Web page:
If you revel in seeing the Yankees embroiled in the A-Rod saga, we present the Montreal Canadiens.

The centennial-celebrating Habs, having lost five of six and 10 of their last 13 games, have had to deal with a lot. Like injuries, to then-leading scorer Robert Lang, who had his left Achilles tendon sliced after Stephane Yelle hit him in a Feb. 1 game in Montreal; to Guillaume Latendresse, who left that game with a separated shoulder after Chuck Kobasew bumped him to the boards; to Alex Tanguay, who has missed six weeks with his own shoulder woes.

They’ve also dealt with the issues of Carey Price, the second-year keeper who has suffered from a crippling blend of the flu, nagging injuries and the expectations of a city that had anointed him the second coming of Patrick Roy. He’s still young and possibly capable of greatness, but this year, Price’s best work came when the games didn’t count. Another youngster, Sergei Kostitsyn, has seemingly caught Price’s case of the yips. Yesterday, Kostitsyn was sent down to Hamilton of the AHL after frustrating Canadiens coach Guy Carbonneau with his propensity to take ill-timed penalties.


Now this. Alex Kovalev, who in the past has worn the Montreal ‘C’ in the absence of captain Saku Koivu, was stamped with a big red ‘F’. Kovalev, who was benched for the third period of the Feb. 1 game against Boston, was yesterday told by Habs brass to stay home for end of a six-game road swing that concludes tomorrow in Pittsburgh. He’ll also miss tonight’s match with the second-place Capitals in Washington.

Montreal GM Bob Gainey told reporters that (surprise!) Kovalev’s lack of oomph led to his timeout. He hasn’t scored a goal in 10 games — after going dry for 19 games earlier in the year. You know the book on Kovalev. When he’s on, one of the most dangerous players in the universe. But when he’s off? He’s uninspired, unimpressive . . . the guy who took a slash in double overtime of Game 4 of the 2004 playoff series against the Bruins and stopped skating, while a joyful Glen Murray snatched the puck, broke in and scored to win it. A magician with the puck, sure, but an habitual collector of dust and cobwebs. Wonder how those training tips and tricks DVDs are selling.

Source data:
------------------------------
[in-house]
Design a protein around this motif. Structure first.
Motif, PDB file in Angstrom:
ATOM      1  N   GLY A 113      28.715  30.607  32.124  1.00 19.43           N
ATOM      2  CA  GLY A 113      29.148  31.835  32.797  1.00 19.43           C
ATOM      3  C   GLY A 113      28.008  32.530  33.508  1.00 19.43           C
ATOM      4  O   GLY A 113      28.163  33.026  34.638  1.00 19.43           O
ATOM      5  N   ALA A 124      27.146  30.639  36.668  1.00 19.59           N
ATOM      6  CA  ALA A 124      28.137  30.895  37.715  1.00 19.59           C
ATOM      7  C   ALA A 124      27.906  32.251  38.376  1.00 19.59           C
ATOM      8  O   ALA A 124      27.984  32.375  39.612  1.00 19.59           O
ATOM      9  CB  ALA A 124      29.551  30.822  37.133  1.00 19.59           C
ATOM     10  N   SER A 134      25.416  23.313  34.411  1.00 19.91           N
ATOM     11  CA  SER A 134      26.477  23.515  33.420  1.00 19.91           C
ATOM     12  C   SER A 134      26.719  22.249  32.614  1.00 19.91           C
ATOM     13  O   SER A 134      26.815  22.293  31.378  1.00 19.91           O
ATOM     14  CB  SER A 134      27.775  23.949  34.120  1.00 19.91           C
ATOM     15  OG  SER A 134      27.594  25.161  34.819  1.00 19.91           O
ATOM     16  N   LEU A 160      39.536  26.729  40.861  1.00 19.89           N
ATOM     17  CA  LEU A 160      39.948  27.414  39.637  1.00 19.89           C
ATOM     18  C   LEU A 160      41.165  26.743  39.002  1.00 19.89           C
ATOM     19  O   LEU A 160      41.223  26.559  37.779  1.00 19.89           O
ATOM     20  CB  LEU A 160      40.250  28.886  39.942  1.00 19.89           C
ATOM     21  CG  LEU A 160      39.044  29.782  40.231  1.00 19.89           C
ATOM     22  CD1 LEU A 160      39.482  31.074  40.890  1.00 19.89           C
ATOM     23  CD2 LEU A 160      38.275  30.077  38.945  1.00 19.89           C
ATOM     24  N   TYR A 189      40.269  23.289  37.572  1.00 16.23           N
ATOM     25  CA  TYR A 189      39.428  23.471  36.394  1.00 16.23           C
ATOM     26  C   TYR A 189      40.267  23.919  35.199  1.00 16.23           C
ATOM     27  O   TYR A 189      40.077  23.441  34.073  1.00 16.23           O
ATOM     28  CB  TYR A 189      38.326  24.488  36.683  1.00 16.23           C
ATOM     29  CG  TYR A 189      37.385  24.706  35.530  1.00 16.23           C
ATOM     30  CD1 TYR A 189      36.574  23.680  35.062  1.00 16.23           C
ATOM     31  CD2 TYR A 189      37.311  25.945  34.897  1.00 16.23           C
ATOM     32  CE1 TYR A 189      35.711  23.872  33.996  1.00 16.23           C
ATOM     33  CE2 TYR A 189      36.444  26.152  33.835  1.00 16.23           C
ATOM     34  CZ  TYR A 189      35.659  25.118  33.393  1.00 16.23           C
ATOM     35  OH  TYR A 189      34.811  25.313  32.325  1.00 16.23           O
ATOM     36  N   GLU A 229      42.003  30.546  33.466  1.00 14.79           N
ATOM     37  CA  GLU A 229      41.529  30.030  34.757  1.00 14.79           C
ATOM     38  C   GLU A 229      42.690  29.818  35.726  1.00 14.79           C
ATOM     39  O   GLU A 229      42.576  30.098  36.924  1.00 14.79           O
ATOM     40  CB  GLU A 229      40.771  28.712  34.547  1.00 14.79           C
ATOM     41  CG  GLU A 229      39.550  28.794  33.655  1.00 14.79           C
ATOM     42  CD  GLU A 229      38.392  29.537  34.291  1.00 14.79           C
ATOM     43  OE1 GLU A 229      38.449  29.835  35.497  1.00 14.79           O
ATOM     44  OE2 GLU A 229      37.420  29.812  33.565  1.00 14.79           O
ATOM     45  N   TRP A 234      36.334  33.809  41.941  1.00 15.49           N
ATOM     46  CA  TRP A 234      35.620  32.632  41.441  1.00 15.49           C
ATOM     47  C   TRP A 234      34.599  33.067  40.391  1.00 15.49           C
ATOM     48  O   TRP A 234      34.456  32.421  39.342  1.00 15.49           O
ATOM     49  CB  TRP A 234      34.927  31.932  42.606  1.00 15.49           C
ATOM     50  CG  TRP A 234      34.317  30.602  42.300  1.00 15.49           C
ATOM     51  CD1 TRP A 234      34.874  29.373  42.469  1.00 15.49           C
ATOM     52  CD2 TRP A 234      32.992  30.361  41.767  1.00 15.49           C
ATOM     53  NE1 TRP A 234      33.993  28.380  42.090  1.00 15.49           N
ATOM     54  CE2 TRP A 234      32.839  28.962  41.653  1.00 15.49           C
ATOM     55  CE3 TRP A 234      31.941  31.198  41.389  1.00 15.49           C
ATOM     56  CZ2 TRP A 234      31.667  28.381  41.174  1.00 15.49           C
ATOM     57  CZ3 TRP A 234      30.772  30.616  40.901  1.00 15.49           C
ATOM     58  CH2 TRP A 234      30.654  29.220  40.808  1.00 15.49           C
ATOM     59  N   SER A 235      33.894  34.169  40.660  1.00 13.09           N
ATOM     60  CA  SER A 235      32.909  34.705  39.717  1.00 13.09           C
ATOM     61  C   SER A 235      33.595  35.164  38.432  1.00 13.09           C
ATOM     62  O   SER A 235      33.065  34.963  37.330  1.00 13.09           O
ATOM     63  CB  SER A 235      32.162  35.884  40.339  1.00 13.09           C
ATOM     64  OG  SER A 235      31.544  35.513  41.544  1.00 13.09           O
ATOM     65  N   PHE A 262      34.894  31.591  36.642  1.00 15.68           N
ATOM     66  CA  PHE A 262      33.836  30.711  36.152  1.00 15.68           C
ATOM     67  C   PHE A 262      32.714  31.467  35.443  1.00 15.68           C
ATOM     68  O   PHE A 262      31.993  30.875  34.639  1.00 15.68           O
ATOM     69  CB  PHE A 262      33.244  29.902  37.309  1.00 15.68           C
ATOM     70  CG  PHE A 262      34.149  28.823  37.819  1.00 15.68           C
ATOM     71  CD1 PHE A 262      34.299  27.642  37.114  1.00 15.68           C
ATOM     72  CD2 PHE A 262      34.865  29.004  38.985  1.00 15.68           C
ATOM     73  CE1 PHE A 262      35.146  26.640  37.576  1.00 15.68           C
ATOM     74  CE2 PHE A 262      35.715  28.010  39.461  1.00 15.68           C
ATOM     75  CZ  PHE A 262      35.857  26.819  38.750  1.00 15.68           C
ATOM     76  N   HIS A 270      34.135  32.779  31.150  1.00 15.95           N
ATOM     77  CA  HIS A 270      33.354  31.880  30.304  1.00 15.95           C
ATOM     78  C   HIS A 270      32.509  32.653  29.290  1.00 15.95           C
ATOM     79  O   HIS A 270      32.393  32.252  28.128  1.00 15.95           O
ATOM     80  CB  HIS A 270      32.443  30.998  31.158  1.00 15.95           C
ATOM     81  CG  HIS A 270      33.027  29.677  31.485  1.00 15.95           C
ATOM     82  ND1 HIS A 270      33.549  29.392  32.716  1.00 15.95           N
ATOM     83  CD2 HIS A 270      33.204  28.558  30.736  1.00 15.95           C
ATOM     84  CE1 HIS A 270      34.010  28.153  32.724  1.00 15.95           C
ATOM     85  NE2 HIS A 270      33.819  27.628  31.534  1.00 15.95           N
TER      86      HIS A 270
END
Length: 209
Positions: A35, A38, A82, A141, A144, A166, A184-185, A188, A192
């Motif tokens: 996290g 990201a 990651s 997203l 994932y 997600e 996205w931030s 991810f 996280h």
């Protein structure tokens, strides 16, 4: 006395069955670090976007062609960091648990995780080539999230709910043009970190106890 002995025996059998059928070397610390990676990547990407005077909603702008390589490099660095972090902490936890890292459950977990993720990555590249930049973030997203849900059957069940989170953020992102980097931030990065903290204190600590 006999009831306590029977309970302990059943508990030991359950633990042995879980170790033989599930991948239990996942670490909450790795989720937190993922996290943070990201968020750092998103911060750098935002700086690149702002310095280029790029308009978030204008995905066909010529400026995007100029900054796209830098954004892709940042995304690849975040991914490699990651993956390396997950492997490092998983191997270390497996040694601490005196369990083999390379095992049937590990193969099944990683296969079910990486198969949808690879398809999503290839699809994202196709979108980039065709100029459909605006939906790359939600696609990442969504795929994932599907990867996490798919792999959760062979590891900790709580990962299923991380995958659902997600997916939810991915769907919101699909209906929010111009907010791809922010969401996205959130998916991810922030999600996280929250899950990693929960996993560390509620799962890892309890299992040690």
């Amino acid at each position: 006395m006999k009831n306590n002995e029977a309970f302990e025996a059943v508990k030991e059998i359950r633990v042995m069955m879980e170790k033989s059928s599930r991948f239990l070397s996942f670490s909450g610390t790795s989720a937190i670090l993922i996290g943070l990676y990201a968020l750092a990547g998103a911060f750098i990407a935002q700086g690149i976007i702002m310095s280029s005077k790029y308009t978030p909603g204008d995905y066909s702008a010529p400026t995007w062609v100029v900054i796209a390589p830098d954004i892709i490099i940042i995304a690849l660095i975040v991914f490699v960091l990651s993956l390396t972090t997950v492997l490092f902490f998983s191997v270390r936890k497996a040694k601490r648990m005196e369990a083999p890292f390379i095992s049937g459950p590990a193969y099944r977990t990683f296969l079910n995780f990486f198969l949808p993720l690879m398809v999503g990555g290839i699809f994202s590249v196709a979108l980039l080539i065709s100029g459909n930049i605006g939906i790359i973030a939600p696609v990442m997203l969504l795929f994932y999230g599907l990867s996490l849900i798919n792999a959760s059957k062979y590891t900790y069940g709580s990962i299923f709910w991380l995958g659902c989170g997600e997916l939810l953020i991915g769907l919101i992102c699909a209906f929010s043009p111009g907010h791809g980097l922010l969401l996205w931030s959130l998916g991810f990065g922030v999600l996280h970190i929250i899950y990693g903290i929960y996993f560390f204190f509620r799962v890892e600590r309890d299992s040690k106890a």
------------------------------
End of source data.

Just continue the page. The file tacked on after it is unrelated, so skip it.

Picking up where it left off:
With the Kovalev mess boiling as the trade deadline approaches, keep your eyes locked on Montreal, who has several UFAs-to-be, including Kovalev, Mike Komisarek and the aforementioned Lang (on IR) and Tanguay. They’ve already made one move (bringing in old pal Mathieu Schneider, a member of the ’93 Cup run) and they’ve shown a willingness to shake things up in the past.


Of course, the fifth-place Canadiens aren’t in Tampa territory quite yet, and waving the white flag doesn’t cut it in Montreal. It’s doubtful they’ll become sellers at the March 4 deadline. But it’s also doubtful any of this will be included in the hardcover edition of ‘Le Centennial Celebration.’

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Elsewhere on the interwebs . . . TSN’s James Duthie had an entertaining piece on Aaron [Bleeping] Ward, a ‘character guy’ if there ever was one . . . An in-depth TSN look at the top 12 Bruins prospects . . . Mick Colageo checks in with his remembrances of Glen Wesley, a solid defenseman, but not the most captivating public speaker . . . We’ll end with a poll for Bruins fans: Erik Cole, Keith Tkachuk, or Jordan Leopold. Pick one, and what would you send in return?

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